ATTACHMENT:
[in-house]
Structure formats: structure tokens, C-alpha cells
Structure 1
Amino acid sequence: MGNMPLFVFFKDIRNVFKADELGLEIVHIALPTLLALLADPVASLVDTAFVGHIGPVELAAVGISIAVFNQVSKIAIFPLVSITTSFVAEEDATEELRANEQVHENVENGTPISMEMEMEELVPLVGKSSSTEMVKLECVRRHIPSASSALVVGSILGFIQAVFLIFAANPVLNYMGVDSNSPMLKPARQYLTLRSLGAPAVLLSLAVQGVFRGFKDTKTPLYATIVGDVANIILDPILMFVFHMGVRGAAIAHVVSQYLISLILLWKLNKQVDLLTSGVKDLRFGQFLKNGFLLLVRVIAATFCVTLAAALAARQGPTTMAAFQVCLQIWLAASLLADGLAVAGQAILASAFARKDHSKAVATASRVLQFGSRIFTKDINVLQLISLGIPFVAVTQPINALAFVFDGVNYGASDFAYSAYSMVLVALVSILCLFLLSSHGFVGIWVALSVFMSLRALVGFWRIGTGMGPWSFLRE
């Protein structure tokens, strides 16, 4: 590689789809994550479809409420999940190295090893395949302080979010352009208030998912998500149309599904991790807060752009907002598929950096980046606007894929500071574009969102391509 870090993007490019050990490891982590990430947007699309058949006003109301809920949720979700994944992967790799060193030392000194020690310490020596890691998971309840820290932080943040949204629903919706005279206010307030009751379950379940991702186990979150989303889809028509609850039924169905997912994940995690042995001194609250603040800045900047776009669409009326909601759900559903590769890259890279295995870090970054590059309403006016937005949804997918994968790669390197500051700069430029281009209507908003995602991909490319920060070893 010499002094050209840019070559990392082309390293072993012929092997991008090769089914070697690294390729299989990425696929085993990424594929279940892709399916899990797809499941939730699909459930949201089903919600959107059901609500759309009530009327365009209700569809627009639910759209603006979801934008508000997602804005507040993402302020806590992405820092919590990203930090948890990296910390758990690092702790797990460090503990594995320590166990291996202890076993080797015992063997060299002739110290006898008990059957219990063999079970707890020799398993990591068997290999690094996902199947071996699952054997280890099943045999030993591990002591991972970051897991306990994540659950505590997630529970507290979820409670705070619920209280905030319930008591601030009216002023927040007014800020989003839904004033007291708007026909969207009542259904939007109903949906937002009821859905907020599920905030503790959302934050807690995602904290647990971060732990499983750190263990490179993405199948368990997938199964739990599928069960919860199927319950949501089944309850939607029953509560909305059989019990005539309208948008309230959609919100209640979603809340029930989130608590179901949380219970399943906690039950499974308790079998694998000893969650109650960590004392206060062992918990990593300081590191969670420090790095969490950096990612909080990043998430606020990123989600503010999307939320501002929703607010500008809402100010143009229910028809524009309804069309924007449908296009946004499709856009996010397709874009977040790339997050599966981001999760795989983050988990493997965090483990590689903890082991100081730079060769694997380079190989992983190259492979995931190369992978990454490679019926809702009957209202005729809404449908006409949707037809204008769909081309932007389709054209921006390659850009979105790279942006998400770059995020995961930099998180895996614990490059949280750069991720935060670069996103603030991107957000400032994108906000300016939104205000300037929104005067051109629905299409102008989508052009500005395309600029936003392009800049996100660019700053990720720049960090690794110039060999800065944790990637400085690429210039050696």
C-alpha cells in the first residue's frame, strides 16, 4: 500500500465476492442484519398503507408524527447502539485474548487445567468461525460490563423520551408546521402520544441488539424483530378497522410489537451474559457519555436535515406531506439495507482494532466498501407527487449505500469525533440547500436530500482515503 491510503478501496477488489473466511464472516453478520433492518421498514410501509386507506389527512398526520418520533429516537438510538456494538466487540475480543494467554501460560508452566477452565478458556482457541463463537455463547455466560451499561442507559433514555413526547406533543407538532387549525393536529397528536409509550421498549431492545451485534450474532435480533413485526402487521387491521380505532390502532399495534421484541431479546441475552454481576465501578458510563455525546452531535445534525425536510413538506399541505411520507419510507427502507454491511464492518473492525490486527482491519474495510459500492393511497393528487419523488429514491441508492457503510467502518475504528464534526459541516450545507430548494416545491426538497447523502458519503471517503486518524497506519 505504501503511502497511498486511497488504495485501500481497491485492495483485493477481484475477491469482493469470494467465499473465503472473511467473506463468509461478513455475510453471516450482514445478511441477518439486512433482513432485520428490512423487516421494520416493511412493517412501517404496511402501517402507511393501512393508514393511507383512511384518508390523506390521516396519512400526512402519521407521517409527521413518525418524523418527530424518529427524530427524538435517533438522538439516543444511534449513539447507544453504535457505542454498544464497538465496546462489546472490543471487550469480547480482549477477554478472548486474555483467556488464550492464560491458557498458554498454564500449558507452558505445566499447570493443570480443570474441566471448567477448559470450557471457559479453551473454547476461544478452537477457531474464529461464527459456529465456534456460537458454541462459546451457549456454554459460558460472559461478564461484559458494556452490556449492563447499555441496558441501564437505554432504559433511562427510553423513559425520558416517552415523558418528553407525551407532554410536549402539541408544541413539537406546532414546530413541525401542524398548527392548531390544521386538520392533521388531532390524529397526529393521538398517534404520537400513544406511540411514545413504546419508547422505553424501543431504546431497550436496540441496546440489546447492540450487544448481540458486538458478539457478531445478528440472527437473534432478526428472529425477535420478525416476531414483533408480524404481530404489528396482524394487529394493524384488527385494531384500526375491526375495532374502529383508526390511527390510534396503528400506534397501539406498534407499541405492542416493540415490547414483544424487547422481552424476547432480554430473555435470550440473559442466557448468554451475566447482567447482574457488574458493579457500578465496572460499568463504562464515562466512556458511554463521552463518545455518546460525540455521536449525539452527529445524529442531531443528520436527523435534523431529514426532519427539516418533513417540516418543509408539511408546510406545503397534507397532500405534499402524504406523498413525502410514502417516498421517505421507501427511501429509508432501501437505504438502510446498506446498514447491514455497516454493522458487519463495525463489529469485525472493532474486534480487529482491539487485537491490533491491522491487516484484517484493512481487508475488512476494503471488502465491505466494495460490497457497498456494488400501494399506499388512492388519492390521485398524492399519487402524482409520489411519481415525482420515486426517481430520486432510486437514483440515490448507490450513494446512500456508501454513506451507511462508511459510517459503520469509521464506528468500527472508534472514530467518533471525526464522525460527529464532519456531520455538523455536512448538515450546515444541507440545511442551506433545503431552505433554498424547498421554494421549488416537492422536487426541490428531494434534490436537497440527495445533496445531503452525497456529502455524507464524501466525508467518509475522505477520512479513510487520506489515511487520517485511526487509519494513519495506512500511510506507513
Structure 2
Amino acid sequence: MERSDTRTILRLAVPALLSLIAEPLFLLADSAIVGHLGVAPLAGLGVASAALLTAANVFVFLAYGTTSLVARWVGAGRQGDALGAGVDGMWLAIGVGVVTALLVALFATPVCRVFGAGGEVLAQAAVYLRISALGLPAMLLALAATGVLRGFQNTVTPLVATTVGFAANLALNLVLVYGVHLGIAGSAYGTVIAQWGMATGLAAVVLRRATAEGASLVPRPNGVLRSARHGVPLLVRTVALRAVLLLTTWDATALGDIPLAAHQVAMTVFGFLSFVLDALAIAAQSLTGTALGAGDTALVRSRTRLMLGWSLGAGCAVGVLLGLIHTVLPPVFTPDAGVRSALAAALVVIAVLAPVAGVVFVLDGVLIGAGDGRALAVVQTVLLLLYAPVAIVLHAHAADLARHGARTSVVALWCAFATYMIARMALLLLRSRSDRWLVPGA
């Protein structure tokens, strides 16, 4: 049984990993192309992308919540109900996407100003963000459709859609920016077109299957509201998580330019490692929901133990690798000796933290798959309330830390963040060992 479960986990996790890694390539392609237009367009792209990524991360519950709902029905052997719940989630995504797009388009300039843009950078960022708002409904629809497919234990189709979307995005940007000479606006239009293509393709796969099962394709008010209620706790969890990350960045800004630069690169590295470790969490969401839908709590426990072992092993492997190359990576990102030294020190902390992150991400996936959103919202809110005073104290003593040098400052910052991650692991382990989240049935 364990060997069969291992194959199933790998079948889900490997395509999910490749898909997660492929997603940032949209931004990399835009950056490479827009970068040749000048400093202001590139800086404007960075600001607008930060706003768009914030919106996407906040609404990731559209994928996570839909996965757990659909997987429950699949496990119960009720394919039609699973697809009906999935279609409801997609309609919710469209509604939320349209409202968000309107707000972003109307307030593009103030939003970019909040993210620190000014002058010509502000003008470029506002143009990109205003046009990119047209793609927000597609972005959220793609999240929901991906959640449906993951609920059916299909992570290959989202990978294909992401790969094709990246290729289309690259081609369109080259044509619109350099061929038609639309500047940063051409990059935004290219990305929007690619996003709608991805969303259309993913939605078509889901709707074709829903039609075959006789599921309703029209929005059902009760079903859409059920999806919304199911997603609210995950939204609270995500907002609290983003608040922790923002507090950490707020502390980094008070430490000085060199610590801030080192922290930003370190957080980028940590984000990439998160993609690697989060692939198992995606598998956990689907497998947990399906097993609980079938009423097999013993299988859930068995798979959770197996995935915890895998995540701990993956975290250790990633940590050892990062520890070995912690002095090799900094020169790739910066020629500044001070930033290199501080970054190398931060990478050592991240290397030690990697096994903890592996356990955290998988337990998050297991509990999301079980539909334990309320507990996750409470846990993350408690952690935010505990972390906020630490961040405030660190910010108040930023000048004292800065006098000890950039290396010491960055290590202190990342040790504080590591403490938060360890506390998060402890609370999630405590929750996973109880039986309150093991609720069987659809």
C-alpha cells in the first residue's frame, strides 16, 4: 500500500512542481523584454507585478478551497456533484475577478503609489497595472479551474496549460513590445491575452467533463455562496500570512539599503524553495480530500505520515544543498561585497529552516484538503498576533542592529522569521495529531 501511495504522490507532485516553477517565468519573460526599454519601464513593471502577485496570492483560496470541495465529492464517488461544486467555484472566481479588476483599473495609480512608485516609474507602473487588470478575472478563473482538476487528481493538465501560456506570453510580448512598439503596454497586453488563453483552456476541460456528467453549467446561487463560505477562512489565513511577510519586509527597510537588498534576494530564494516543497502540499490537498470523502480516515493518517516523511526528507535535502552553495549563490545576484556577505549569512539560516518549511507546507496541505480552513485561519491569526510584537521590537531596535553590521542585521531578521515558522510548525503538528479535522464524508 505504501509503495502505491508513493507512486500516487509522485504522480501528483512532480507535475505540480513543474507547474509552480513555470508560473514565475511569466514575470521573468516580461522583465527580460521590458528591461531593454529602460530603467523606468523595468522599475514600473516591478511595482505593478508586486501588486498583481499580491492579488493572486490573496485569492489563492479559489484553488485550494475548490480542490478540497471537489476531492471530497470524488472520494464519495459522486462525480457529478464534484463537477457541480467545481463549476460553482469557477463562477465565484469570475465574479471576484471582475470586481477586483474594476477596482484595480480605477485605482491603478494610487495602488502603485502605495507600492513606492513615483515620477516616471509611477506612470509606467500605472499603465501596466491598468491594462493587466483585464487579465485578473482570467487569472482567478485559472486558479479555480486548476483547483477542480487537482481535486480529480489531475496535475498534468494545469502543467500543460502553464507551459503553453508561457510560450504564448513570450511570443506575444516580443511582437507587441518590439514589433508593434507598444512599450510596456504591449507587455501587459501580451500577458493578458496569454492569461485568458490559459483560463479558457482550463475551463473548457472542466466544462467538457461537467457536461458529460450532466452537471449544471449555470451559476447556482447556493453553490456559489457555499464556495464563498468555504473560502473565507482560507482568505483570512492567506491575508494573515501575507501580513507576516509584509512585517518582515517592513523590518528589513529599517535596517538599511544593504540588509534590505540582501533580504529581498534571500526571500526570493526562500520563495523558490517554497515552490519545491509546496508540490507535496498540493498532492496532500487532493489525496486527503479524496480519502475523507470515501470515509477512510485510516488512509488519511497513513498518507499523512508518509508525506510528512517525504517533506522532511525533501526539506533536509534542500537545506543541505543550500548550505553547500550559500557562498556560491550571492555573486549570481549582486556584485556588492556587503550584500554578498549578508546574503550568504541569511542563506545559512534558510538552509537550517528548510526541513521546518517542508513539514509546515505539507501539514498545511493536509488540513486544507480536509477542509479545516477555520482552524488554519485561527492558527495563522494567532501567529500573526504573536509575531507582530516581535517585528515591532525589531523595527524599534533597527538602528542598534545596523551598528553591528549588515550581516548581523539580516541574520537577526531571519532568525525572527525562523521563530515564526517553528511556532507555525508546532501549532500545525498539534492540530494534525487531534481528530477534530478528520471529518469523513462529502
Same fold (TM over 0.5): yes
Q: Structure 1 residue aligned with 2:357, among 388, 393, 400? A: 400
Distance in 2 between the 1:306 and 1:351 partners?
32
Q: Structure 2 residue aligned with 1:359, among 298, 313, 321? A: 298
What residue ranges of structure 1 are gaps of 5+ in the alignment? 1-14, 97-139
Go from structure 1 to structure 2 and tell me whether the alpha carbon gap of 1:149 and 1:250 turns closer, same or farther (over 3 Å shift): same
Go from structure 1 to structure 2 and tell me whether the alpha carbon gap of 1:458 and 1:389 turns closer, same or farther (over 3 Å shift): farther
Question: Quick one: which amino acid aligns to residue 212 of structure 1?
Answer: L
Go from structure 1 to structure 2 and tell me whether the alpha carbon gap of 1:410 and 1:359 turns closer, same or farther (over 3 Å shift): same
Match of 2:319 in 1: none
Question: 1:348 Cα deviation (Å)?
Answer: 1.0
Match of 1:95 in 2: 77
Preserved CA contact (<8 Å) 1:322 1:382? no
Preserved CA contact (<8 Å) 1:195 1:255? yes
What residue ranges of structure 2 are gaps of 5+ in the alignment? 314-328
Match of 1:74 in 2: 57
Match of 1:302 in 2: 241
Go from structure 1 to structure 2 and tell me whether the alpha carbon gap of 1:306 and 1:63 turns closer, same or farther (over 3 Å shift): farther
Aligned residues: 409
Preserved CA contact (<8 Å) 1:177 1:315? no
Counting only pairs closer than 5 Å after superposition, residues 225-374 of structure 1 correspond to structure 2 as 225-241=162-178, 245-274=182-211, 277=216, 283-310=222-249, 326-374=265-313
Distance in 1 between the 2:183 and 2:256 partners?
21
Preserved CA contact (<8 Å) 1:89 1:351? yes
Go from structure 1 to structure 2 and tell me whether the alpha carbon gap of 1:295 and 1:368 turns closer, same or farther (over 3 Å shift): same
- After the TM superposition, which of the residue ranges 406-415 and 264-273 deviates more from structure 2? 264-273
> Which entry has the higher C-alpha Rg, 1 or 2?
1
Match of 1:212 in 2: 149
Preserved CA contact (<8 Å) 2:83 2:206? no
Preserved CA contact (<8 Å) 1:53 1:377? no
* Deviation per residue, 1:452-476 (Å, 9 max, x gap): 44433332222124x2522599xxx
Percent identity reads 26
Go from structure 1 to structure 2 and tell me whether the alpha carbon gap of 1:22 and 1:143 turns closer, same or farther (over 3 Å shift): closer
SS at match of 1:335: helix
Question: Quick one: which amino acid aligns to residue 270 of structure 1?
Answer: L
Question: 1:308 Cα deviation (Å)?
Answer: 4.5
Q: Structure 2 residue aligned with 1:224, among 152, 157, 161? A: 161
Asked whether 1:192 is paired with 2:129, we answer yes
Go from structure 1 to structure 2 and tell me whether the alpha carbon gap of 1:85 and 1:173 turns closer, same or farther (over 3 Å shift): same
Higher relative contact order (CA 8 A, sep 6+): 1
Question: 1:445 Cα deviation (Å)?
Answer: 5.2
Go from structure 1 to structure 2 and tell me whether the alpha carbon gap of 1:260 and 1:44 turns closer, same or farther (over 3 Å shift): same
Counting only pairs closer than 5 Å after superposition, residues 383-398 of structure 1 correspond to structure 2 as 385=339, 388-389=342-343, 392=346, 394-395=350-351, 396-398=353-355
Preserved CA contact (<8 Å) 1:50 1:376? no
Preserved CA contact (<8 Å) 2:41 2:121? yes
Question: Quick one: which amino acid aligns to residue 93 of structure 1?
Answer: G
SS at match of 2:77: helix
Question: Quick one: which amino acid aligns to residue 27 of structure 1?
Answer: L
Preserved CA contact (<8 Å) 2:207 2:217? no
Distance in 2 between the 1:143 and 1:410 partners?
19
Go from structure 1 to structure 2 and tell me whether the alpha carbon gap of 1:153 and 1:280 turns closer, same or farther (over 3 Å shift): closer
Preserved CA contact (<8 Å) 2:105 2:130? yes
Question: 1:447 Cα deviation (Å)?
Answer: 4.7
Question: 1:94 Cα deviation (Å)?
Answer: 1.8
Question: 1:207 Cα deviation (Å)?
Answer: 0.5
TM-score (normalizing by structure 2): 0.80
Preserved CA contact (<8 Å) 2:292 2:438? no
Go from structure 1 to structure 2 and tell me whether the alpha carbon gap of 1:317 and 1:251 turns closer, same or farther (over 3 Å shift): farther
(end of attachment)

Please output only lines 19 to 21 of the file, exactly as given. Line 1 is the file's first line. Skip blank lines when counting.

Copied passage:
Question: Quick one: which amino acid aligns to residue 212 of structure 1?
Answer: L
Go from structure 1 to structure 2 and tell me whether the alpha carbon gap of 1:410 and 1:359 turns closer, same or farther (over 3 Å shift): same